Plants can immobilize metals in soils by affecting changes in the rhizosphere, which has distinct physical, chemical, and biological conditions. Plant root exudates include a variety of soluble substances such as organic acids that may influence metal dynamics via their effect on acidification, chelation and complexation, precipitation, redox reactions, microbial activity, rhizosphere physical properties, and root morphology (Bolan et al., 2011).
Changes in soil pH are influenced by fluxes in hydroxide (OH−)/H+ ion activity that in turn are related to the differential uptake of cations and anions by plant roots (Tang and Rengel, 2003). The uptake of NH4+, for instance, is counterbalanced by the release of H+ ions of equivalent net charge thereby decreasing rhizosphere pH (Bolan et al., 2011). Apart from this, N transformation and NO3− leaching have been suggested to be major causes of soil acidification (Bolan and Hedley, 2003). Acidification can affect the solubility and speciation of metal ions by (1) modification of surface charge in variable charge soils, (2) altering the speciation of metals, and (3) influencing the redox reactions of the metals (Adriano, 2001). Increased soil acidity (or decreasing pH) generally leads to a decrease in metal adsorption (Tiller, 1989). Naidu et al. (1994) attribute this to three possible reasons. First, in variable charge soils, a decrease in pH causes a decrease in surface negative charge (i.e. cation-exchange capacity) resulting in lower cation adsorption. Second, a decrease in soil pH is likely to decrease hydroxy species of metal cations which are adsorbed preferentially over metal cation. And third, acidification increases dissolution of metal compounds that increases their concentration in soil solution.
Plant root exudates influence the structure and function of microbial assemblages, which in turn mediate the various biochemical transformations in the root zone, including chemical speciation and redox reactions (Park et al., 2011). Redox reactions, both biotic and abiotic, are important in controlling the oxidation state and thus, the mobility and the toxicity of many metals such as Cr, Se, Pb, As, Ni and Cu (Violante et al., 2010). Microbial reduction of certain metals to a lower redox state may result in reduced mobility and toxicity. In addition, microbes produce a number of extracellular metabolites that can complex metals in solution, including polysaccharides, pigments, siderophores and organic acids (Violante et al., 2010). The cell wall of microbes also plays a major role in metal adsorption/reduction as metals are adsorbed by various functional groups of the cell wall, including phosphate, carboxyl, amine as well as phosphodiester groups (Park et al., 2011).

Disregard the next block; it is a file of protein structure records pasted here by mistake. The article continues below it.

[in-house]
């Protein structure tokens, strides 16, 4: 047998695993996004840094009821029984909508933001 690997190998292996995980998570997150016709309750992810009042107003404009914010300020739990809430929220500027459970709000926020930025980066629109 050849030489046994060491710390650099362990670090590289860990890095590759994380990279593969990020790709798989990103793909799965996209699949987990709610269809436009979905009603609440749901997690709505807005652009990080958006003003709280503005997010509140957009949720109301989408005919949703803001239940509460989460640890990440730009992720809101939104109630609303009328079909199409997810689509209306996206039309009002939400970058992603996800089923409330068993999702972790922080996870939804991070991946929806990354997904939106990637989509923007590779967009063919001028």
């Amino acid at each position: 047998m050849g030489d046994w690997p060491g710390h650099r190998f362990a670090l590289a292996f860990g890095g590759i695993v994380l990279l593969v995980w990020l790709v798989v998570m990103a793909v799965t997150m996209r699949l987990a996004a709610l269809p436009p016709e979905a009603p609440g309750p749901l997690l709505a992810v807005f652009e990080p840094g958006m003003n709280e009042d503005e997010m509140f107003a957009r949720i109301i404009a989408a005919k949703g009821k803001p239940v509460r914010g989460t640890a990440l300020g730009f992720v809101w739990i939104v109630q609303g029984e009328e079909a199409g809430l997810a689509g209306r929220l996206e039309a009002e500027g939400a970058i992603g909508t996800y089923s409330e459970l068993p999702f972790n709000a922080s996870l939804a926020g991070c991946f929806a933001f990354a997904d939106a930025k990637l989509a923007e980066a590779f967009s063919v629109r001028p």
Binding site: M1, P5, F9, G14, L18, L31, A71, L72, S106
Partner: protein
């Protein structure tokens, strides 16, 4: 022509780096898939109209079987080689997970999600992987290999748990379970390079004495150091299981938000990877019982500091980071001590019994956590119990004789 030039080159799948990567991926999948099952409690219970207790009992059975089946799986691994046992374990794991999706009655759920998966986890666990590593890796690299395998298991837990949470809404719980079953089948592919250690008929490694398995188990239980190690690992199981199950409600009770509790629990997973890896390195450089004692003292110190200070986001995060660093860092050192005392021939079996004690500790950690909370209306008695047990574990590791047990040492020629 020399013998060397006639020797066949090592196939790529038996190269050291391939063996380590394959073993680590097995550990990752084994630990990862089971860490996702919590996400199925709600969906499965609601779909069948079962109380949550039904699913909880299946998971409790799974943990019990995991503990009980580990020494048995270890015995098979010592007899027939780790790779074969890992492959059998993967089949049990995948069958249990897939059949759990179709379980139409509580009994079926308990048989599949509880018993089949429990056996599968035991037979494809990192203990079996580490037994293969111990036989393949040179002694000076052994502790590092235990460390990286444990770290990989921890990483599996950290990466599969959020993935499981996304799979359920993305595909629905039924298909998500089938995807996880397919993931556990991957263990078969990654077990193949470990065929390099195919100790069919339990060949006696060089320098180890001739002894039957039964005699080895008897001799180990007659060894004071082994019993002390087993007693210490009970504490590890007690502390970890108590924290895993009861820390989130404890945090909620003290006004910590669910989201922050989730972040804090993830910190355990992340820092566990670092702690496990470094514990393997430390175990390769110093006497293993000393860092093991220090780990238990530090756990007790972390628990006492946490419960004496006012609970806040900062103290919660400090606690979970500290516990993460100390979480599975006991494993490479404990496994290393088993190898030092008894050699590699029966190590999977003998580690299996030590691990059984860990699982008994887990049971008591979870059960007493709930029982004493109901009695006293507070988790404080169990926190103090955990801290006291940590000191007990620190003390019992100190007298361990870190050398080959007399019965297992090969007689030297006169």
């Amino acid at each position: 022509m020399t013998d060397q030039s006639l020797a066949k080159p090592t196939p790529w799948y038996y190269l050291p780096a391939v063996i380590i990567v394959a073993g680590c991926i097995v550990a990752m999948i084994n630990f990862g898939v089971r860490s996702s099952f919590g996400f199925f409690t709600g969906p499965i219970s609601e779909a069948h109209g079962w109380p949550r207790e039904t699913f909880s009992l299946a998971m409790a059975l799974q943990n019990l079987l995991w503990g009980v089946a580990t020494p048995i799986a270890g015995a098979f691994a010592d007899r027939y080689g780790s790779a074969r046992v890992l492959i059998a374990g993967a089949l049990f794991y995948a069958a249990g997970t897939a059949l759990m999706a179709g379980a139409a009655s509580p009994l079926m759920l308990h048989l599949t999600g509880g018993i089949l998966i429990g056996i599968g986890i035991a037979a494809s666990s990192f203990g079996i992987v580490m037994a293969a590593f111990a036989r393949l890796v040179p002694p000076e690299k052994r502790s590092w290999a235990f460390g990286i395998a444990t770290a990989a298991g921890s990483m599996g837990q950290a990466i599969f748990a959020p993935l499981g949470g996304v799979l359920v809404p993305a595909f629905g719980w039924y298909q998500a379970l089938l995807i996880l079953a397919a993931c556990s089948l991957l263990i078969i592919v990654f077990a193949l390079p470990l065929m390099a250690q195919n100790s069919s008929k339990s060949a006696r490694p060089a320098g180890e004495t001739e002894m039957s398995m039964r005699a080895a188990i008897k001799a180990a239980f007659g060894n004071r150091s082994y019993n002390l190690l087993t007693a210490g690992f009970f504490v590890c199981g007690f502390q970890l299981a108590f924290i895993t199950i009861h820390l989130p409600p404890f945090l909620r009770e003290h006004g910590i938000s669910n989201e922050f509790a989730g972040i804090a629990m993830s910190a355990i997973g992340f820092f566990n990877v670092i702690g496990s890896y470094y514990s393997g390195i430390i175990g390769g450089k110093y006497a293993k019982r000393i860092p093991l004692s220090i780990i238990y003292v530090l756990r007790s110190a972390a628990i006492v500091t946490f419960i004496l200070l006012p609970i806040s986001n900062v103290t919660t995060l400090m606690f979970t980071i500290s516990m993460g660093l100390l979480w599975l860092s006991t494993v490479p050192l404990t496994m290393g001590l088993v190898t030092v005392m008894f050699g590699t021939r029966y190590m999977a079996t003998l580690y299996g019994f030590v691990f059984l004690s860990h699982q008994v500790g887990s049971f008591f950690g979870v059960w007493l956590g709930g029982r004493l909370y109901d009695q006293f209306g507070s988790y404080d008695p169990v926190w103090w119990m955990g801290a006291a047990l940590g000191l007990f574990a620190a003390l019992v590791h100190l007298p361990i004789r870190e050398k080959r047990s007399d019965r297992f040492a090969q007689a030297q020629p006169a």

In addition to metal removal, numerous studies have found that vegetated bioretention systems remove more nutrients than nonvegetated systems (Hatt et al., 2007b; Henderson et al., 2007; Lucas and Greenway, 2008). For the removal of N, the type of vegetation has been found to have a critical influence (Bratières et al., 2008; Read et al., 2008). Read et al. (2008) suggest variation in the pollutant removal per root mass between plant species is due to different root architecture and physiology that in turn affects soil physiochemistry and associated microbial communities. The enhanced uptake and assimilation of nutrients, particularly N, in vegetated bioretention systems could be attributed to higher microbial activity and larger microbial populations in the rhizosphere (Henderson et al., 2007; Read et al., 2008). Vegetation may offer a more labile C source to microbes that stimulate microbial mineralization and immobilization and may also be important in creating anaerobic microsites that support denitrification.
Although plant demand for P is generally low, the presence of vegetation has been shown to increase P retention in bioretention system studies (Lucas and Greenway, 2008; Read et al., 2008). Plants and microbes may successfully obtain a greater percentage of P relative to that portion sorbed to soils by taking it up more rapidly, especially in low-sorbing bioretention filter media and in the presence of mycorrhizal fungi (Bolan, 1991; Richardson et al., 2005). Although microbes compete more effectively than plants for nutrients in the rhizosphere, in the long term, plant roots are more successful in removing nutrients because of the longer lifespan of their tissues and their ability to store and translocate greater amounts of nutrients (Kaye and Hart, 1997). The longer lifespan of plants gives vegetation the ability to function as a nutrient and heavy metal sink over time and it has been suggested that the harvesting of bioretention system vegetation can be used as a permanent P and heavy metal removal mechanism (Davis et al., 2006; Hsieh et al., 2007a; Muthanna et al., 2007b).